January 10, 2018
Choice of words might matter when doctors communicate uncertainty of diagnosis to their patients. A paper published in the International Journal for Quality in Health Care shows that the parents of pediatric patients may ...

Not having a regular doctor affects healthcare quality for older adults

March 16, 2018
About five percent of older adults on Medicare don't have a "personal physician," and this group scores lower on measures of healthcare quality, reports a study in the April issue of Medical Care.

Open, honest talk about death does no harm

December 4, 2017
Talking through bad news can be good for the doctor-patient relationship—debunking a common myth among patients, according to a study co-authored by the University of Rochester Medical Center's Wilmot Cancer Institute.

'Doctor shopping' by obese patients negatively affects health

May 21, 2013
Overweight and obese patients are significantly more likely than their normal-weight counterparts to repeatedly switch primary care doctors, a practice that disrupts continuity of care and leads to more emergency room visits, ...

Recommended for you

Emotional abuse may be linked with menopause misery

November 19, 2018
Smoking, obesity and a sedentary lifestyle have long been linked to heightened symptoms of menopause. Now, a study headed by UC San Francisco has identified another factor that may add to menopause torment: an emotionally ...

How AI could help veterinarians code their notes

November 19, 2018
A team led by scientists at the School of Medicine has developed an algorithm that can read the typed-out notes from veterinarians and predict specific diseases that the animal may have.

Bullying and violence at work increases the risk of cardiovascular disease

November 19, 2018
People who are bullied at work or experience violence at work are at higher risk of heart and brain blood vessel problems, including heart attacks and stroke, according to the largest prospective study to investigate the ...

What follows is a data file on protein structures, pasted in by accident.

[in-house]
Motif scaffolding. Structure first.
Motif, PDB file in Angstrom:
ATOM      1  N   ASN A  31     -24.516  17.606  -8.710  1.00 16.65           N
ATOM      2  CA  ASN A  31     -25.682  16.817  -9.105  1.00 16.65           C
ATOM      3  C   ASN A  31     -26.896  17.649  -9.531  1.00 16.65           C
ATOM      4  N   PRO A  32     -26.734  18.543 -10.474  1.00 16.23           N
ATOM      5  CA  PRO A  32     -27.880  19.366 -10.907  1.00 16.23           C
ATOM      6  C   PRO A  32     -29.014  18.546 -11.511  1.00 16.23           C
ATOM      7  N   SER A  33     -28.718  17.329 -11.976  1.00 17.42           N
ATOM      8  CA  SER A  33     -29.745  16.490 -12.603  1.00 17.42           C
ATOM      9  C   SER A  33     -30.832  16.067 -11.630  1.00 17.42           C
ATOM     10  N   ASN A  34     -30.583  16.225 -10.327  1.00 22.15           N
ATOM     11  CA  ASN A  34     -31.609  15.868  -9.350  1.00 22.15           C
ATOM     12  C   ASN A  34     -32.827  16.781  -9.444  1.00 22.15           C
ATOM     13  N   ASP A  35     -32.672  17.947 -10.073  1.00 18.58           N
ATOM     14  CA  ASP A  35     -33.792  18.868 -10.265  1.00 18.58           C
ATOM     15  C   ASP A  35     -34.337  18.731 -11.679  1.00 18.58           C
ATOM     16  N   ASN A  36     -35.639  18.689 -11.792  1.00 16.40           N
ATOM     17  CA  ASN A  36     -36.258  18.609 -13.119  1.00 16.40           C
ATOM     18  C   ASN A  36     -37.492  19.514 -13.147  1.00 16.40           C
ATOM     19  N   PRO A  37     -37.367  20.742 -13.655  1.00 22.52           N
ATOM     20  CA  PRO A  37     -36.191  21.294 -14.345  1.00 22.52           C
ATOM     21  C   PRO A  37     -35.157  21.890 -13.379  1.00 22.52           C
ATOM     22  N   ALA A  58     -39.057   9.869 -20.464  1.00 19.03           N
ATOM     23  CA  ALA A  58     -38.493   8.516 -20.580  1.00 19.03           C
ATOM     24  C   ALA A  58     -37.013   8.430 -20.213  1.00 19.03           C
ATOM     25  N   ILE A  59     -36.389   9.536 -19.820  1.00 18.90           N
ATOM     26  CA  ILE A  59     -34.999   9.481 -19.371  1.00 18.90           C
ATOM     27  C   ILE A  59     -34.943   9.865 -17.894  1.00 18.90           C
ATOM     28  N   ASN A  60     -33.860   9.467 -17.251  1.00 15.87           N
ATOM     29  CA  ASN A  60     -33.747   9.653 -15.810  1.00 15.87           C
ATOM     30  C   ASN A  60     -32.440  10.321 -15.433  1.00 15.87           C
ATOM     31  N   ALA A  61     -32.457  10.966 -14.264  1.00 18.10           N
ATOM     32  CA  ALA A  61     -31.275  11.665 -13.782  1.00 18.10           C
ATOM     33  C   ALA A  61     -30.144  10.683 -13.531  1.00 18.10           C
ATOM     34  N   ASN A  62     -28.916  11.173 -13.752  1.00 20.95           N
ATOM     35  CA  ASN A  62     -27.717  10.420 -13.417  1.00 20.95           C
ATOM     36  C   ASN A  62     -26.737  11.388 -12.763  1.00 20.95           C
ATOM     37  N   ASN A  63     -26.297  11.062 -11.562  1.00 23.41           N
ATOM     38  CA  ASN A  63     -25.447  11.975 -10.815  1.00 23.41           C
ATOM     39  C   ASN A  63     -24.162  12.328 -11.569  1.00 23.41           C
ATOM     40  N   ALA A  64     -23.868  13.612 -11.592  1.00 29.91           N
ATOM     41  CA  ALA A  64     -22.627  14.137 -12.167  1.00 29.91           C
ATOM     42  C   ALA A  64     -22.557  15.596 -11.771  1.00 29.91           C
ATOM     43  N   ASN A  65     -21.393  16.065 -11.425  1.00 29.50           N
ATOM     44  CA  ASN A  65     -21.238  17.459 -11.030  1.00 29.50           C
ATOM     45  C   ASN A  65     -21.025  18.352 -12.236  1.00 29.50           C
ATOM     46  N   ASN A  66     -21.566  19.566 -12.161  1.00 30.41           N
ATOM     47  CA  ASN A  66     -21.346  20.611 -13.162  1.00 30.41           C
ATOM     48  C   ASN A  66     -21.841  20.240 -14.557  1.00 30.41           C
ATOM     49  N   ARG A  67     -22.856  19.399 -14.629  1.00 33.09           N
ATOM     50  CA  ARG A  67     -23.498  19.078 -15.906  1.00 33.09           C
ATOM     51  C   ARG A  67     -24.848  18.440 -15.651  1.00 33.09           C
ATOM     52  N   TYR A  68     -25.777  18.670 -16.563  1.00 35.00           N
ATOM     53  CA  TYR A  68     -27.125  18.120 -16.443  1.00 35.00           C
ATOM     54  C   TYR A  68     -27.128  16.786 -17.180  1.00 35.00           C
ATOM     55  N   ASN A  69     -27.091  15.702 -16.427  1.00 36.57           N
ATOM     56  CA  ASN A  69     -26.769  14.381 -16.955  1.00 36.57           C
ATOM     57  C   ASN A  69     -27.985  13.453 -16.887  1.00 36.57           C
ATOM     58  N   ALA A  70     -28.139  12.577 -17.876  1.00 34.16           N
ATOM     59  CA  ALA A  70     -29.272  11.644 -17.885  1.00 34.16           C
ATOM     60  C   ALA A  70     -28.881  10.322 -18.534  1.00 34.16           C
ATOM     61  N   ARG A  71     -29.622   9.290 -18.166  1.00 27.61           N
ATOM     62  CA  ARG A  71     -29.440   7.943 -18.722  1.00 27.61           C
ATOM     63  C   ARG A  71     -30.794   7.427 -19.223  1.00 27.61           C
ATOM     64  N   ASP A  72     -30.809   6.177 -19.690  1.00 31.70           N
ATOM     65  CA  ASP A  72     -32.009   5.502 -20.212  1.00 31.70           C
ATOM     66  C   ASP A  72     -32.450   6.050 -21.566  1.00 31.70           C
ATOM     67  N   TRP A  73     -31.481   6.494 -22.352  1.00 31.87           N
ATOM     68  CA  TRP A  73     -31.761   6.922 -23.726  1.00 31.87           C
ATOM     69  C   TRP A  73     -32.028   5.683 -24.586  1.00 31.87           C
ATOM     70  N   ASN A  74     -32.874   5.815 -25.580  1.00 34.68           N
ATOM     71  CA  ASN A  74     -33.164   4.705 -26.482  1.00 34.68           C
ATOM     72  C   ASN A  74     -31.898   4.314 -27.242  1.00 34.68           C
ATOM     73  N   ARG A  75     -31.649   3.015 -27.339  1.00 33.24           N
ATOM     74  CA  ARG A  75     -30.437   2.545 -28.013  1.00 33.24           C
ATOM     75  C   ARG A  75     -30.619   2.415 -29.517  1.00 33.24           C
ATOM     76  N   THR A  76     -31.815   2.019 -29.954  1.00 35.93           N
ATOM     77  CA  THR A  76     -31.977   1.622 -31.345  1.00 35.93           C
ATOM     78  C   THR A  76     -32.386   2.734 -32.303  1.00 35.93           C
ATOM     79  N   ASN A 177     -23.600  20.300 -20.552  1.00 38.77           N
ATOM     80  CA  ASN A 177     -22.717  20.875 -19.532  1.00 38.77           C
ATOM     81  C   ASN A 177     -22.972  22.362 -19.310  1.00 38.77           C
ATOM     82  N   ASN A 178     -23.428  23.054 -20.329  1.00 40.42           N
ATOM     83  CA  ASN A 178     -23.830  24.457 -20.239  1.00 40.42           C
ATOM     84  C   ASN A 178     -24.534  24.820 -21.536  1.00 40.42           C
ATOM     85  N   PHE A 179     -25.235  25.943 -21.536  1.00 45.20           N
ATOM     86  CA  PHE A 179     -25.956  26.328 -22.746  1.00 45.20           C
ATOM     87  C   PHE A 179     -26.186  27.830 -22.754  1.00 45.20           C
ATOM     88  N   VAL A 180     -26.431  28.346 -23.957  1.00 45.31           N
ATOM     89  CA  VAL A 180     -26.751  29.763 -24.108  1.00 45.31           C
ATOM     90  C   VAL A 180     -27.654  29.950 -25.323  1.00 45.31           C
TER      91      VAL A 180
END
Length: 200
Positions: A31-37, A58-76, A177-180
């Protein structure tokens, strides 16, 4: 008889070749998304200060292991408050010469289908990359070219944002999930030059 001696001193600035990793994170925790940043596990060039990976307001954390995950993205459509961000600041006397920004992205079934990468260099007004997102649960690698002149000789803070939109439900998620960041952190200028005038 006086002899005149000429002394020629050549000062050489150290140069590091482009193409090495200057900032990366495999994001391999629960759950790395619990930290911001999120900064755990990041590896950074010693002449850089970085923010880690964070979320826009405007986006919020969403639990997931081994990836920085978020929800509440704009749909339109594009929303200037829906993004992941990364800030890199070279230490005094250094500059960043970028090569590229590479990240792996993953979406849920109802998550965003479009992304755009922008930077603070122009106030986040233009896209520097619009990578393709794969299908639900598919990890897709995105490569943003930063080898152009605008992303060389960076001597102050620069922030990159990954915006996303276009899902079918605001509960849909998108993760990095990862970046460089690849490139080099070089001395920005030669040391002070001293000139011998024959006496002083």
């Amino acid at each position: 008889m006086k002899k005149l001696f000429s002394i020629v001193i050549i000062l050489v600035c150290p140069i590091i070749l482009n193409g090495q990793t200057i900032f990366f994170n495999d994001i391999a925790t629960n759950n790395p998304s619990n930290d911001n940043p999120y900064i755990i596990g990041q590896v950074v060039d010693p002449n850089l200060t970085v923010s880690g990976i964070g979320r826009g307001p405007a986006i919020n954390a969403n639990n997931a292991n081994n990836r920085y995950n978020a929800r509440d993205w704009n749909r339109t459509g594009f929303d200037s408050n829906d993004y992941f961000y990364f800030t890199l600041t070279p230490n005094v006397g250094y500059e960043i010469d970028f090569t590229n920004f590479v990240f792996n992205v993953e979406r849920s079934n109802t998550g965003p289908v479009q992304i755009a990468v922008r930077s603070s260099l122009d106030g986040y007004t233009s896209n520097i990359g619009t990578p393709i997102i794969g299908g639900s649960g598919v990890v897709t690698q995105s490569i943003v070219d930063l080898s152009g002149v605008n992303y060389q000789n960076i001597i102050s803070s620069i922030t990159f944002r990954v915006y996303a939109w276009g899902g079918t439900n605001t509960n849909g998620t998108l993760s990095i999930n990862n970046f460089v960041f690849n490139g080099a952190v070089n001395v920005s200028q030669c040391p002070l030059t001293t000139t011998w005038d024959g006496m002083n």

A low-gluten, high-fiber diet may be healthier than gluten-free

November 16, 2018
When healthy people eat a low-gluten and fibre-rich diet compared with a high-gluten diet, they experience less intestinal discomfort including less bloating. Researchers at University of Copenhagen show that this is due ...

Youth dating violence shaped by parents' conflict-handling views, study finds

November 16, 2018
Parents who talk to their children about nonviolent ways of resolving conflict may reduce children's likelihood of physically or psychologically abusing their dating partners later—even when parents give contradictory messages ...

Why we shouldn't like coffee, but we do

November 15, 2018
Why do we like the bitter taste of coffee? Bitterness evolved as a natural warning system to protect the body from harmful substances. By evolutionary logic, we should want to spit it out.

0 comments

Please sign in to add a comment. Registration is free, and takes less than a minute. Read more

Click here to reset your password.
Sign in to get notified via email when new comments are made.